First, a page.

Sherman's Food Adventures: Rhinofish Noodle Bar

Rhinofish Noodle Bar

When Rhinofish Noodle Bar first opened in Chinatown a year and a half ago, I was invited to try the place out.  Well, I never did make it out there due to my busy schedule.  Now with that being said, there was another reason I wasn't super-motivated to head out there as well.  Based on the comments of some fellow foodie-friends, the place had some work to do still.  Although there was some positive elements, there was equal concerns over the beef broth in the Taiwanese Beef Noodle.  So I just didn't end up going until recently (more than one visit).

Of course, the aforementioned Taiwanese Beef Noodle was at the forefront.  So much so, we ordered 3 bowls.   Upon hitting the table, we liked how it was plated where the ample amount of pickled mustard greens were piled high.   The individual components of the bowl were actually very good.  We found the noodles to be perfectly al dente with a rebound that resulted in an appealing chew.  Ample in portion, the beef was tender and gelatinous where the light seared added a nice bark that resulted in an extra layer of texture.  Onto the soup, it was definitely different than most of the other versions in town.  There seem to be a wine essence and finish which was pretty pronounced.  The meatiness and salt content of the soup was acceptable but definitely could've been more strong.  For myself, I went for the Zhang Ji Mein that was topped with a plethora of finely julienned carrot and cucumber.  There was also more than enough meat sauce with pressed tofu.  Although there was a noticeable garlickiness and slight spice, the meat sauce needed more punch.  Possibly a bit more chilis and more salt.  However, that was easily rectified by the side of hot sauce.  As with the previous noodles, these were perfectly al dente.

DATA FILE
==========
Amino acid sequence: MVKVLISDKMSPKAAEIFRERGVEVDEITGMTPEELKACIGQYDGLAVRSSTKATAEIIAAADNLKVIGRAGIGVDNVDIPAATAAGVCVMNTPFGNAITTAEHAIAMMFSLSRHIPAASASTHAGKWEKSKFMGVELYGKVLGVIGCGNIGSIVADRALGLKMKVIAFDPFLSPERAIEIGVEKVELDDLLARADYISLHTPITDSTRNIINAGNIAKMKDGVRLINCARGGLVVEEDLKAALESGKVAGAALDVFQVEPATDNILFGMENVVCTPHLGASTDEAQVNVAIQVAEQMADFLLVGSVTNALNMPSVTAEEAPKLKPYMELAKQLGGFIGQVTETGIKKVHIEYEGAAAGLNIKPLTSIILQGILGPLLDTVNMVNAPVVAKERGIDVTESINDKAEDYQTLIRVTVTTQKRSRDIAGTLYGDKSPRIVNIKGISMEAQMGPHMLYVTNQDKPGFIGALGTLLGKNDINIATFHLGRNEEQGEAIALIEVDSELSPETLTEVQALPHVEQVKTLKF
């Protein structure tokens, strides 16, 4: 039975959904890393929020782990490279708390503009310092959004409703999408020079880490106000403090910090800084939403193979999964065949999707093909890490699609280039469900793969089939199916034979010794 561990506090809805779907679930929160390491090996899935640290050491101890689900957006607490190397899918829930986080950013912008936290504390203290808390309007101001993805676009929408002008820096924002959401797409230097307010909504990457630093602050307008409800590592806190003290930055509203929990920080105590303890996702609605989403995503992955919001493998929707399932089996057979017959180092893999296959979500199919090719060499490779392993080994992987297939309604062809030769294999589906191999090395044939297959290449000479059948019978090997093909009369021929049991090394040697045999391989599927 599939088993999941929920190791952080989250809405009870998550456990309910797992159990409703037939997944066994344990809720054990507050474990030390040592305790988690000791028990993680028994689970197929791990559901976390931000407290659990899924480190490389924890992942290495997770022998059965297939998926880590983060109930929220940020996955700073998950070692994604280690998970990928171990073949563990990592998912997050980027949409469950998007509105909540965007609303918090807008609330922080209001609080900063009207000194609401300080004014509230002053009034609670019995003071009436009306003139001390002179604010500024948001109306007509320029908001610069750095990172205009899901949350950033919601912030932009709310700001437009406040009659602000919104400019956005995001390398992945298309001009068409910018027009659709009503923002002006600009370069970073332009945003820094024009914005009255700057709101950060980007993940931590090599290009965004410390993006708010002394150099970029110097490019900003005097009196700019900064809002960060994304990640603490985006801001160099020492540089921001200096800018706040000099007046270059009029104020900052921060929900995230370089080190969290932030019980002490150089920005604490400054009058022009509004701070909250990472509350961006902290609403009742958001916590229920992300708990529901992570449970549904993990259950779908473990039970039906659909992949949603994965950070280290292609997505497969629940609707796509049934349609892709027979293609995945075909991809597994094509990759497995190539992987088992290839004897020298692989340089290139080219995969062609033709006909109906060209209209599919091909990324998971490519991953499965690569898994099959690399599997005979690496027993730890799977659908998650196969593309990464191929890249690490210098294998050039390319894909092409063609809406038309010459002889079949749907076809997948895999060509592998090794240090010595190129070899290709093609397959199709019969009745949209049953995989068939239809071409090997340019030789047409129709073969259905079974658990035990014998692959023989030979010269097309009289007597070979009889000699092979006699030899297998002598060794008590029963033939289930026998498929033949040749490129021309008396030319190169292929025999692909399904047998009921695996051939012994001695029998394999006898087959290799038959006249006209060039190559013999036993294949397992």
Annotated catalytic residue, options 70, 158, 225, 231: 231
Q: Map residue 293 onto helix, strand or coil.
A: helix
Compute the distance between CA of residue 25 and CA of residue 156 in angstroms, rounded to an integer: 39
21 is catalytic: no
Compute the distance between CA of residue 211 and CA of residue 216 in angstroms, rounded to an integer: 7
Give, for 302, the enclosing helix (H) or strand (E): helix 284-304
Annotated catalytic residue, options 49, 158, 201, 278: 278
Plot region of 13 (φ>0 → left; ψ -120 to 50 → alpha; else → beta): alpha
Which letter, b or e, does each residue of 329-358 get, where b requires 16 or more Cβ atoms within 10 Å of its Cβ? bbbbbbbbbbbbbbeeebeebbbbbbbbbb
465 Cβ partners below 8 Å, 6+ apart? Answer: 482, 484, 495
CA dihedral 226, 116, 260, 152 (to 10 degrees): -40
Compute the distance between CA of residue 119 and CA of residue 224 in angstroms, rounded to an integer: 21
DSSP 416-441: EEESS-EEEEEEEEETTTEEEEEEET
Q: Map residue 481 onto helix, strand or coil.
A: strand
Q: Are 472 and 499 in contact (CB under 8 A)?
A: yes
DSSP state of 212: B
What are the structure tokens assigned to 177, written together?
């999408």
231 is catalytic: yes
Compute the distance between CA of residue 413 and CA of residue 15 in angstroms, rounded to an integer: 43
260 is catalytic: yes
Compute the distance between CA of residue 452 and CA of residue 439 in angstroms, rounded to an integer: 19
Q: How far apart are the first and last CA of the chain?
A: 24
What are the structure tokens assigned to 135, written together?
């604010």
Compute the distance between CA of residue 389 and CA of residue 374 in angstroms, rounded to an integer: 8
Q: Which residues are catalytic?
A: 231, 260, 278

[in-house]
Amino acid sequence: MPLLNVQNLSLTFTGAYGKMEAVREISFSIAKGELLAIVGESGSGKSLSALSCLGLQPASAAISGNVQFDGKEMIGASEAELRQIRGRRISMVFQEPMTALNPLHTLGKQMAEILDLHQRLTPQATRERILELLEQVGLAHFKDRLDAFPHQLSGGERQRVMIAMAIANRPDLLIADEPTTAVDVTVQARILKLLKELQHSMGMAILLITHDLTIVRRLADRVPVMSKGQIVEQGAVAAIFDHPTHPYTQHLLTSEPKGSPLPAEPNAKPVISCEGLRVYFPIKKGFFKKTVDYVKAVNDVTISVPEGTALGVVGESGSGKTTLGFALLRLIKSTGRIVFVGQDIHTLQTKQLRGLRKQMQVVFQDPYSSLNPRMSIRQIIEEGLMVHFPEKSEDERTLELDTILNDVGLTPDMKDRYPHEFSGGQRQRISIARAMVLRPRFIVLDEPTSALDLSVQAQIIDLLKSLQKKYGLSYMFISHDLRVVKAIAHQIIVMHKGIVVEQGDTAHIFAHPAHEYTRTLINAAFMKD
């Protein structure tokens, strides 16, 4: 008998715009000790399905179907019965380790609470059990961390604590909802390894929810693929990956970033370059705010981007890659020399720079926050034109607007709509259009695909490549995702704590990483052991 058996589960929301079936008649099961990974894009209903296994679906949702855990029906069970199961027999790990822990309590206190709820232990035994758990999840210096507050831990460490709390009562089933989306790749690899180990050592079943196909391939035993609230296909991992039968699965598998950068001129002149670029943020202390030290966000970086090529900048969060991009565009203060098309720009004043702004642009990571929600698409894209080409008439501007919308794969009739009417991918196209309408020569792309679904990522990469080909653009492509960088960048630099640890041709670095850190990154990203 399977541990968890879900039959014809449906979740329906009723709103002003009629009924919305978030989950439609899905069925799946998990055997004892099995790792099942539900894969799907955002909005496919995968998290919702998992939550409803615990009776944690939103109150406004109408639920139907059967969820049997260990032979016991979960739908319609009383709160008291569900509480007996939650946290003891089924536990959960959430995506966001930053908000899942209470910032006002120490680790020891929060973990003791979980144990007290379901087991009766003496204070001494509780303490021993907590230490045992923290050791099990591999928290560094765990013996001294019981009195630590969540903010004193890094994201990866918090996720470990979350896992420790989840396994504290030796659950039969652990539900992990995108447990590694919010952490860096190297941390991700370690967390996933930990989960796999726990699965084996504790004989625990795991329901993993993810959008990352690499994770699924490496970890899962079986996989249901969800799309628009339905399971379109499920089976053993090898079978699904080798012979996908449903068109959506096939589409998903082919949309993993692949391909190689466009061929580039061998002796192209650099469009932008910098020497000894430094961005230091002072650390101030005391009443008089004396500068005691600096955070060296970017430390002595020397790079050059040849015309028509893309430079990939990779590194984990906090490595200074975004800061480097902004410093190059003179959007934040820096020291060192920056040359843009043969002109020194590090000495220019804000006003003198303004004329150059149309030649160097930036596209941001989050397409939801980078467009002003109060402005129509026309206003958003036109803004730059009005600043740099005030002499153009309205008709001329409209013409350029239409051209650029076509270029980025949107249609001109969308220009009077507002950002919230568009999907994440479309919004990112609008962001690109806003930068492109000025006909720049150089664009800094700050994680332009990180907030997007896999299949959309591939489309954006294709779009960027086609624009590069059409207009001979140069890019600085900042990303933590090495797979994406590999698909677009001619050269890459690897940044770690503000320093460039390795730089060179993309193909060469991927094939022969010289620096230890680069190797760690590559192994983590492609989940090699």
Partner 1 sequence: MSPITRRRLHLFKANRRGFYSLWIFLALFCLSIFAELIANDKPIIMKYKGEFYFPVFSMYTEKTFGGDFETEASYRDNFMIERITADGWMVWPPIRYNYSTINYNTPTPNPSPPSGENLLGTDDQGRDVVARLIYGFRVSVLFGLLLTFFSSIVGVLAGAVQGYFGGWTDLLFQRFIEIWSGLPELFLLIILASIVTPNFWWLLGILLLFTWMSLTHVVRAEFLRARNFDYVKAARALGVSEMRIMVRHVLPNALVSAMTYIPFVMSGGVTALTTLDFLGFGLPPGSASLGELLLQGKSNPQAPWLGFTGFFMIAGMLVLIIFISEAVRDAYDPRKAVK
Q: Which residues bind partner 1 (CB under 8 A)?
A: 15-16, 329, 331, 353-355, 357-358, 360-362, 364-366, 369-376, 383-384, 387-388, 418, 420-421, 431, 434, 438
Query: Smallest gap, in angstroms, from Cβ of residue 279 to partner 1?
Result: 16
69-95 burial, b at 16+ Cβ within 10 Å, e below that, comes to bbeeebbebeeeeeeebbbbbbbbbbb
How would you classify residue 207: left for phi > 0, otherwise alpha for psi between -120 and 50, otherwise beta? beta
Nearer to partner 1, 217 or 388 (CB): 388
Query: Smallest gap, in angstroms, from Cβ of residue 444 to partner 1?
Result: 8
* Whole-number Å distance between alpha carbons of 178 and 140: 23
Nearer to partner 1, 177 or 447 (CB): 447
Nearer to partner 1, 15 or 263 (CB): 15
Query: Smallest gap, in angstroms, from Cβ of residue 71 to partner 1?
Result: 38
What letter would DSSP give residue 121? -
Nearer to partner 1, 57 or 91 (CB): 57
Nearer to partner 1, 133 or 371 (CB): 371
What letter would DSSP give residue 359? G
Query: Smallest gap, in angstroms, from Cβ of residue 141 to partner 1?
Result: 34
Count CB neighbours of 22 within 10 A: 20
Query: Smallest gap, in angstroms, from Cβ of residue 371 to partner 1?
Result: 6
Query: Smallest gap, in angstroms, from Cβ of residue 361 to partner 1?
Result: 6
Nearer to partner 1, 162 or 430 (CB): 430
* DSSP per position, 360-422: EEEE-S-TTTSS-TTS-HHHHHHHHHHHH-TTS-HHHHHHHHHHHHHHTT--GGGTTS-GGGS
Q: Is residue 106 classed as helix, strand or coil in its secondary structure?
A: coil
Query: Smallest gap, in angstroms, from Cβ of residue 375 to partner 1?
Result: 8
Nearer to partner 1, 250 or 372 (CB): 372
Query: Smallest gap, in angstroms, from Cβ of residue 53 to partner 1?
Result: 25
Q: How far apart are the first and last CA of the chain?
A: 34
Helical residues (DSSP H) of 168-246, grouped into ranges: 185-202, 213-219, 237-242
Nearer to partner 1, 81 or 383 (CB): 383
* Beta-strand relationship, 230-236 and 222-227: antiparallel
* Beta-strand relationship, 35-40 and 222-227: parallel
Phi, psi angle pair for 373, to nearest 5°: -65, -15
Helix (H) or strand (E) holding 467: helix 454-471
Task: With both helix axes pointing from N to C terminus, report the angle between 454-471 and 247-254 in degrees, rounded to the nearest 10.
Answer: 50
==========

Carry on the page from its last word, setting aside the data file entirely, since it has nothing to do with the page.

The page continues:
For our sides, we tried their Chicken Nuggets with nanjing sauce.  At first glance, they appeared to be dry and over-fried.  However, that was not the case at all.  The crunchy exterior gave way to truly succulent and juicy dark meat.  Each nugget was spiced enough that we could taste the five-spice without it being too licorice-focused.  On the side, the dip was lightly tangy and sweet.  We also ordered a couple of the Bao stuffed with pork belly, mustard greens and ground peanut.  This was classic Taiwanese and ate really well.  The bao was soft while the pork belly was just fatty enough where it nearly melted in our mouths while retaining a meatiness.  There was a nice balance of ingredients where the combination of sweet, savoury and tangy was on point.  Overall, the food was actually decent.  However, the TBN could've had more depth and impact.

The Good:
- Clean and modern
- A few appealing modern modifications
- Good service

The Bad:
- TBN could be more flavourful
- Prices are not cheap

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